Phnom Penh’s Problem

An extensive newspaper article this weekend reported on Phnom Penh’s increasing problems dealing with rubbish. It’s a complex problem with many layers.

At the government level, the article pointed out: there is a lack of waste treatment facilities and a lack of trained technical staff and management policies. An official noted the national budget for waste management is limited; the collection service is poorly run; and there is a lack of regulation about landfills.

At the consumer level, the company responsible for waste collection noted that people put out rubbish after collection times; the rubbish is not properly packaged and bundled; bad roads, improper parking, and unlit streets hamper collections; and some people do not pay for the collection services.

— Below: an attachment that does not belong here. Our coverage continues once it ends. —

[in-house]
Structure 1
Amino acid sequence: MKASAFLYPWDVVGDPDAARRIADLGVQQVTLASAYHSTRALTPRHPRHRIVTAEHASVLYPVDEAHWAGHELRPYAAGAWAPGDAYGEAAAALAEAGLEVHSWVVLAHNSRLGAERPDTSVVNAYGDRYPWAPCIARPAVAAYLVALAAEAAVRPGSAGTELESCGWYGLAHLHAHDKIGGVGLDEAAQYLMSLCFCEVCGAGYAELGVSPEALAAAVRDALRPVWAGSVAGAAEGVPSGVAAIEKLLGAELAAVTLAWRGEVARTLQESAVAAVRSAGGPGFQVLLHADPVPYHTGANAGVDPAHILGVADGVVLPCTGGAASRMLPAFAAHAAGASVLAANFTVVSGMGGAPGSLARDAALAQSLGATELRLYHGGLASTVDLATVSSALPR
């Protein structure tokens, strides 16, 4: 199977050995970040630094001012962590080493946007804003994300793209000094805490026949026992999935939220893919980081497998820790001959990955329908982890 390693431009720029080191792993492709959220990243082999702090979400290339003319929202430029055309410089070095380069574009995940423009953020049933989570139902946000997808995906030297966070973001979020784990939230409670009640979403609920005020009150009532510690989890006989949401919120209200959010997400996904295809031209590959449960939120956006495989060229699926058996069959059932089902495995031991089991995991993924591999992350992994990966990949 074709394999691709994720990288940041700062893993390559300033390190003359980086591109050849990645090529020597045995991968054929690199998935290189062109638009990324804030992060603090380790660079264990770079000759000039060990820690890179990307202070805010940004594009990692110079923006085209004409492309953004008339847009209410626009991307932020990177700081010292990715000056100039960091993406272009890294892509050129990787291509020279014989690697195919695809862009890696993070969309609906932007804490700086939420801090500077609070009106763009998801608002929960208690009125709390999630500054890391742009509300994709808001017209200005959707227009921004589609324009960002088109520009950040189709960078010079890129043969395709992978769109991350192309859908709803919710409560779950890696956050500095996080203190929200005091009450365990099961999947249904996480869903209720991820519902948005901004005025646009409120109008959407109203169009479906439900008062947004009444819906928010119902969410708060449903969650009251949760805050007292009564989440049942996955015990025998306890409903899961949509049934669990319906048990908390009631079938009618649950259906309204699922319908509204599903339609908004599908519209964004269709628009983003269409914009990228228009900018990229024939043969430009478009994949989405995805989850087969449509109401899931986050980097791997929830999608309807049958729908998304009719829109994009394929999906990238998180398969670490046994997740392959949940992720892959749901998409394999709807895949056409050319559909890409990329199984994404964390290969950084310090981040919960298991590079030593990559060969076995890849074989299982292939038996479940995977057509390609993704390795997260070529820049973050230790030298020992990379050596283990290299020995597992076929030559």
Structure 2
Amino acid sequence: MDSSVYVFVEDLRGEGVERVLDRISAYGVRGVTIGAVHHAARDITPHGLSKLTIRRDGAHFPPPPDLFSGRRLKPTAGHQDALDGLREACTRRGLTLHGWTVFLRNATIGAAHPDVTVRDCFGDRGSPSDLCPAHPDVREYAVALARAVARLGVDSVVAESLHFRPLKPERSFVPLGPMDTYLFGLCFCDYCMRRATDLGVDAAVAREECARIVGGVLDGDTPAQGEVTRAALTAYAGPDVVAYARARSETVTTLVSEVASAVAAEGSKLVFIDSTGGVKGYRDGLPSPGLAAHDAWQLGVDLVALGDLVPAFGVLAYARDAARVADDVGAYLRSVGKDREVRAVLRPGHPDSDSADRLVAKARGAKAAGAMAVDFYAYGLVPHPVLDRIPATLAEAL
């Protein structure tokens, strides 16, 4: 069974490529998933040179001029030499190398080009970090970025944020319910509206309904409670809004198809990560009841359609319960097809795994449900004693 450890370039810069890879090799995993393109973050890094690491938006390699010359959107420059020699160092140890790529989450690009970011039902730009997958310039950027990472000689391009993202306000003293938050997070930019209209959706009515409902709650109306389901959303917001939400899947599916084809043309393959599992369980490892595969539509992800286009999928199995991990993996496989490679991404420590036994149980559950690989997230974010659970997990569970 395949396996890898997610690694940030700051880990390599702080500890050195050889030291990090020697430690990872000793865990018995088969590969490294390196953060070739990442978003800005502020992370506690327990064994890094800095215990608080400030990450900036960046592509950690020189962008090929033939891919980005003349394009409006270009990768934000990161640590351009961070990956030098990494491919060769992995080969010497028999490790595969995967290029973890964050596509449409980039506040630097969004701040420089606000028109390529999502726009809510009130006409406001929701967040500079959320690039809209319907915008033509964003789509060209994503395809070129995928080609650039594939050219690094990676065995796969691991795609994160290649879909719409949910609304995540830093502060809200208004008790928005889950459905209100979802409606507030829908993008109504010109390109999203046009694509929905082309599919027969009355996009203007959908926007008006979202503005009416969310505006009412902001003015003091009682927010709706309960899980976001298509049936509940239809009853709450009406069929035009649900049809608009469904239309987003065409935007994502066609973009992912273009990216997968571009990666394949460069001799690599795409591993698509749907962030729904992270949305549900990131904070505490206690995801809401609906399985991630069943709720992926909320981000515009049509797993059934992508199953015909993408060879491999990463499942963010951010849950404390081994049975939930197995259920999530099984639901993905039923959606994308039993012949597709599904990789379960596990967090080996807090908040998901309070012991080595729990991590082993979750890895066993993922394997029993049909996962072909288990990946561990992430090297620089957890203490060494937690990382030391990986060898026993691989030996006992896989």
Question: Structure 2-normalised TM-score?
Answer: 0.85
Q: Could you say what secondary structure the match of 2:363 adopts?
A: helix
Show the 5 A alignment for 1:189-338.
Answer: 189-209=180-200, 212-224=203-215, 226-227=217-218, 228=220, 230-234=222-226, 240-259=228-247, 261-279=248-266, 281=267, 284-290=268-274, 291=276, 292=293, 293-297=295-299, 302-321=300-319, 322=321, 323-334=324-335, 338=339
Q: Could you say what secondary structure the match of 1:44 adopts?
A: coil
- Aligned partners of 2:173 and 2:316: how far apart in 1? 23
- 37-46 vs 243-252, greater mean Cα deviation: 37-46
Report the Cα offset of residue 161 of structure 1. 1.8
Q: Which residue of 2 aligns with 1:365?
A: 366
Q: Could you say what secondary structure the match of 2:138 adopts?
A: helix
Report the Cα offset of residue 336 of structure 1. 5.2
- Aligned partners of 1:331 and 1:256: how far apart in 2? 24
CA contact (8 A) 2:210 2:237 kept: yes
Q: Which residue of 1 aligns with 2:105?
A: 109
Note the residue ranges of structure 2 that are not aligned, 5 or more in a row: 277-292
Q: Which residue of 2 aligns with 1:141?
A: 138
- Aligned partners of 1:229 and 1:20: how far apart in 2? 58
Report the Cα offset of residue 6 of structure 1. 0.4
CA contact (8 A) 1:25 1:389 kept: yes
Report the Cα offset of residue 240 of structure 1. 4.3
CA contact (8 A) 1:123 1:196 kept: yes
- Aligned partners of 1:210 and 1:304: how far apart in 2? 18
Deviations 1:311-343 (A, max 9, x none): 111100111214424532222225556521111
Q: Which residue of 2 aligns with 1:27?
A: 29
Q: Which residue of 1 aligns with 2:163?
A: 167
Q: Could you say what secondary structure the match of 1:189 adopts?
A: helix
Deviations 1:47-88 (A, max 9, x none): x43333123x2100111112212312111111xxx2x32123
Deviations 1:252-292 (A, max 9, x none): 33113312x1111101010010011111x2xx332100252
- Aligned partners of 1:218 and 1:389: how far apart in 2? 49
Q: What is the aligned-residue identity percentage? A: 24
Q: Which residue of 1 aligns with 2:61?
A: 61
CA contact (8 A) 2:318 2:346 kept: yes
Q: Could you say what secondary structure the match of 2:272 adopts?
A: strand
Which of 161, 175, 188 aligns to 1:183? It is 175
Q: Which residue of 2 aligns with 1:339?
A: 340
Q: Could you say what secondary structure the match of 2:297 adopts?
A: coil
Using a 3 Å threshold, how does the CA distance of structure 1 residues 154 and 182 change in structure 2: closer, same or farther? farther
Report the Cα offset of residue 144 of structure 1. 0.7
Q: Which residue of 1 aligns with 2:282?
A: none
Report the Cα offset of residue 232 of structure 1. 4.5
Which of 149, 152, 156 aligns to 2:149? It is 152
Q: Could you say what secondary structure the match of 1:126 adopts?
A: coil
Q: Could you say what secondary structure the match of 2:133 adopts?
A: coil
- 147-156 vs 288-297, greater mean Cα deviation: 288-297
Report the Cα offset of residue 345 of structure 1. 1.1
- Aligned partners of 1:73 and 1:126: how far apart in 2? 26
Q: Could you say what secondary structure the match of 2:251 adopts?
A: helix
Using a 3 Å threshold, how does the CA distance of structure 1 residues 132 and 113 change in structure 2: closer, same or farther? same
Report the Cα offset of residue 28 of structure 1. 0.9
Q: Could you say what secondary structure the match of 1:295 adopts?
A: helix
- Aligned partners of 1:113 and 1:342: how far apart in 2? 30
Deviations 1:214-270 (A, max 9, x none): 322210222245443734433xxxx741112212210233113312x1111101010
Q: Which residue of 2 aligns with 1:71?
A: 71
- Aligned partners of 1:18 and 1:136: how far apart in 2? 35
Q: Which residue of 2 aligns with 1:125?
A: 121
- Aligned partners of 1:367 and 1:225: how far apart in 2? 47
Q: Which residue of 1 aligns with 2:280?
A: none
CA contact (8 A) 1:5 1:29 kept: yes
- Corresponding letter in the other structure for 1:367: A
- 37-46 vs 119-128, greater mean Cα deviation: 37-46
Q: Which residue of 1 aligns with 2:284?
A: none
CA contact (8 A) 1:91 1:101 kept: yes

Things are coming to a head now, though, because Phnom Penh’s landfill will be completely full within two years, but the city’s rapidly expanding population is generating 3,000 tons of rubbish a day.

Narrow and congested and poorly lit streets hinder rubbish collection.
There are no regulations for placing trash on the street for pick up.
Piles of trash on street corners provide habitats for rats, roaches, and other vermin.
Without proper rubbish bins, most of the trash is handled by hand.